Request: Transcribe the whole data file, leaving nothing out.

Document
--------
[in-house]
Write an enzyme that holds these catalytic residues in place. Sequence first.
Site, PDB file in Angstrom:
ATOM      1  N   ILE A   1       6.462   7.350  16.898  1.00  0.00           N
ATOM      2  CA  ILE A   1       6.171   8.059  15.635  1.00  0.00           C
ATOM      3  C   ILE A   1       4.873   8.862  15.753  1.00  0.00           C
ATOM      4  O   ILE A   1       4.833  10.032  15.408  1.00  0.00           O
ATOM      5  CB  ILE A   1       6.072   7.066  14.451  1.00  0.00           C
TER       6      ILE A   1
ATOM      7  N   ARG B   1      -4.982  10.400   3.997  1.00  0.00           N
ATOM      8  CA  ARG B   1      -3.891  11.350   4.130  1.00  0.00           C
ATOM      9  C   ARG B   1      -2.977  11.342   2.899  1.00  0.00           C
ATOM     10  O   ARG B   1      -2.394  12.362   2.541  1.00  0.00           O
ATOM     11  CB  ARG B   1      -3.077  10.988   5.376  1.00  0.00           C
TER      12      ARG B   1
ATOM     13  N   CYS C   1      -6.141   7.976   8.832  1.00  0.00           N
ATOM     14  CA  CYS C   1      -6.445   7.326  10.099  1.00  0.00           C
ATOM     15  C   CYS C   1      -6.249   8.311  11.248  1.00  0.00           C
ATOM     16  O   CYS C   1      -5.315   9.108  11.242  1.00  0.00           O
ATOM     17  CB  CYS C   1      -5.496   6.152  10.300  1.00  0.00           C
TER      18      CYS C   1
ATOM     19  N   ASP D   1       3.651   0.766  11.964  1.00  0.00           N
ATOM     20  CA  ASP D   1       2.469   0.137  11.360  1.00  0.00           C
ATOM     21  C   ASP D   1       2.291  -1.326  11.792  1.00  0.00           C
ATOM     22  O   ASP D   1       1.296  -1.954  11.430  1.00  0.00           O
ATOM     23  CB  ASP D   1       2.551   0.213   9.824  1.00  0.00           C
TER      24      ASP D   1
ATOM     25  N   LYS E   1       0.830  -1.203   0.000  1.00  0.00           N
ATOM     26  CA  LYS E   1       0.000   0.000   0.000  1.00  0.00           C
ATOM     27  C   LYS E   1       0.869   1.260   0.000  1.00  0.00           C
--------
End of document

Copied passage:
[in-house]
Write an enzyme that holds these catalytic residues in place. Sequence first.
Site, PDB file in Angstrom:
ATOM      1  N   ILE A   1       6.462   7.350  16.898  1.00  0.00           N
ATOM      2  CA  ILE A   1       6.171   8.059  15.635  1.00  0.00           C
ATOM      3  C   ILE A   1       4.873   8.862  15.753  1.00  0.00           C
ATOM      4  O   ILE A   1       4.833  10.032  15.408  1.00  0.00           O
ATOM      5  CB  ILE A   1       6.072   7.066  14.451  1.00  0.00           C
TER       6      ILE A   1
ATOM      7  N   ARG B   1      -4.982  10.400   3.997  1.00  0.00           N
ATOM      8  CA  ARG B   1      -3.891  11.350   4.130  1.00  0.00           C
ATOM      9  C   ARG B   1      -2.977  11.342   2.899  1.00  0.00           C
ATOM     10  O   ARG B   1      -2.394  12.362   2.541  1.00  0.00           O
ATOM     11  CB  ARG B   1      -3.077  10.988   5.376  1.00  0.00           C
TER      12      ARG B   1
ATOM     13  N   CYS C   1      -6.141   7.976   8.832  1.00  0.00           N
ATOM     14  CA  CYS C   1      -6.445   7.326  10.099  1.00  0.00           C
ATOM     15  C   CYS C   1      -6.249   8.311  11.248  1.00  0.00           C
ATOM     16  O   CYS C   1      -5.315   9.108  11.242  1.00  0.00           O
ATOM     17  CB  CYS C   1      -5.496   6.152  10.300  1.00  0.00           C
TER      18      CYS C   1
ATOM     19  N   ASP D   1       3.651   0.766  11.964  1.00  0.00           N
ATOM     20  CA  ASP D   1       2.469   0.137  11.360  1.00  0.00           C
ATOM     21  C   ASP D   1       2.291  -1.326  11.792  1.00  0.00           C
ATOM     22  O   ASP D   1       1.296  -1.954  11.430  1.00  0.00           O
ATOM     23  CB  ASP D   1       2.551   0.213   9.824  1.00  0.00           C
TER      24      ASP D   1
ATOM     25  N   LYS E   1       0.830  -1.203   0.000  1.00  0.00           N
ATOM     26  CA  LYS E   1       0.000   0.000   0.000  1.00  0.00           C
ATOM     27  C   LYS E   1       0.869   1.260   0.000  1.00  0.00           C